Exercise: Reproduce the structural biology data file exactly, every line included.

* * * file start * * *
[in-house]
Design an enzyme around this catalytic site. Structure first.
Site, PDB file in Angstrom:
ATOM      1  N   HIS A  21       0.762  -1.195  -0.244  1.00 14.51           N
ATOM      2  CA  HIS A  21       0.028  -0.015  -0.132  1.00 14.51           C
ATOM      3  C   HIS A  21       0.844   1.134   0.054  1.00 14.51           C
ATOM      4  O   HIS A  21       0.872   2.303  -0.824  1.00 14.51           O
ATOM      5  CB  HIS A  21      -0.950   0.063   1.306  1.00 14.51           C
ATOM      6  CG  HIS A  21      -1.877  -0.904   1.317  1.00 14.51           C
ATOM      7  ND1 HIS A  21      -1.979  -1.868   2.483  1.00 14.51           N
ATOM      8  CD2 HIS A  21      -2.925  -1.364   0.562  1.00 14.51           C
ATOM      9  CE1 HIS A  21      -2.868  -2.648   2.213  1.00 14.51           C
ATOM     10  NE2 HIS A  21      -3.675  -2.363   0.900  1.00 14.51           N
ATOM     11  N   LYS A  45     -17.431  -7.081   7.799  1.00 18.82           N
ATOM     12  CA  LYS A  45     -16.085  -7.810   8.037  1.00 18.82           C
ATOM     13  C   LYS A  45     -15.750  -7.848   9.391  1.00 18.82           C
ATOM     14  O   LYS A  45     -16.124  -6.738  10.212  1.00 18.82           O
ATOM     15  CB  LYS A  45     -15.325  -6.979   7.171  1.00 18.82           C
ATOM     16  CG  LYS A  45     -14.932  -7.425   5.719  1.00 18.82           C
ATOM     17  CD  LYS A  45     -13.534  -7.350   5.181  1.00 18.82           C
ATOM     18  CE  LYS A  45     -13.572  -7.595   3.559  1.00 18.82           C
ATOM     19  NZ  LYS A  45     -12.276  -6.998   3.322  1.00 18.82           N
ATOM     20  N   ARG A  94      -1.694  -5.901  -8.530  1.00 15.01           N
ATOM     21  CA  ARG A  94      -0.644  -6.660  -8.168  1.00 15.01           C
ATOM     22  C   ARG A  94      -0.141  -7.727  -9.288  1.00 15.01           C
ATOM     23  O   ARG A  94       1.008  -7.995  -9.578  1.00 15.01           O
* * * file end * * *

[in-house]
Design an enzyme around this catalytic site. Structure first.
Site, PDB file in Angstrom:
ATOM      1  N   HIS A  21       0.762  -1.195  -0.244  1.00 14.51           N
ATOM      2  CA  HIS A  21       0.028  -0.015  -0.132  1.00 14.51           C
ATOM      3  C   HIS A  21       0.844   1.134   0.054  1.00 14.51           C
ATOM      4  O   HIS A  21       0.872   2.303  -0.824  1.00 14.51           O
ATOM      5  CB  HIS A  21      -0.950   0.063   1.306  1.00 14.51           C
ATOM      6  CG  HIS A  21      -1.877  -0.904   1.317  1.00 14.51           C
ATOM      7  ND1 HIS A  21      -1.979  -1.868   2.483  1.00 14.51           N
ATOM      8  CD2 HIS A  21      -2.925  -1.364   0.562  1.00 14.51           C
ATOM      9  CE1 HIS A  21      -2.868  -2.648   2.213  1.00 14.51           C
ATOM     10  NE2 HIS A  21      -3.675  -2.363   0.900  1.00 14.51           N
ATOM     11  N   LYS A  45     -17.431  -7.081   7.799  1.00 18.82           N
ATOM     12  CA  LYS A  45     -16.085  -7.810   8.037  1.00 18.82           C
ATOM     13  C   LYS A  45     -15.750  -7.848   9.391  1.00 18.82           C
ATOM     14  O   LYS A  45     -16.124  -6.738  10.212  1.00 18.82           O
ATOM     15  CB  LYS A  45     -15.325  -6.979   7.171  1.00 18.82           C
ATOM     16  CG  LYS A  45     -14.932  -7.425   5.719  1.00 18.82           C
ATOM     17  CD  LYS A  45     -13.534  -7.350   5.181  1.00 18.82           C
ATOM     18  CE  LYS A  45     -13.572  -7.595   3.559  1.00 18.82           C
ATOM     19  NZ  LYS A  45     -12.276  -6.998   3.322  1.00 18.82           N
ATOM     20  N   ARG A  94      -1.694  -5.901  -8.530  1.00 15.01           N
ATOM     21  CA  ARG A  94      -0.644  -6.660  -8.168  1.00 15.01           C
ATOM     22  C   ARG A  94      -0.141  -7.727  -9.288  1.00 15.01           C
ATOM     23  O   ARG A  94       1.008  -7.995  -9.578  1.00 15.01           O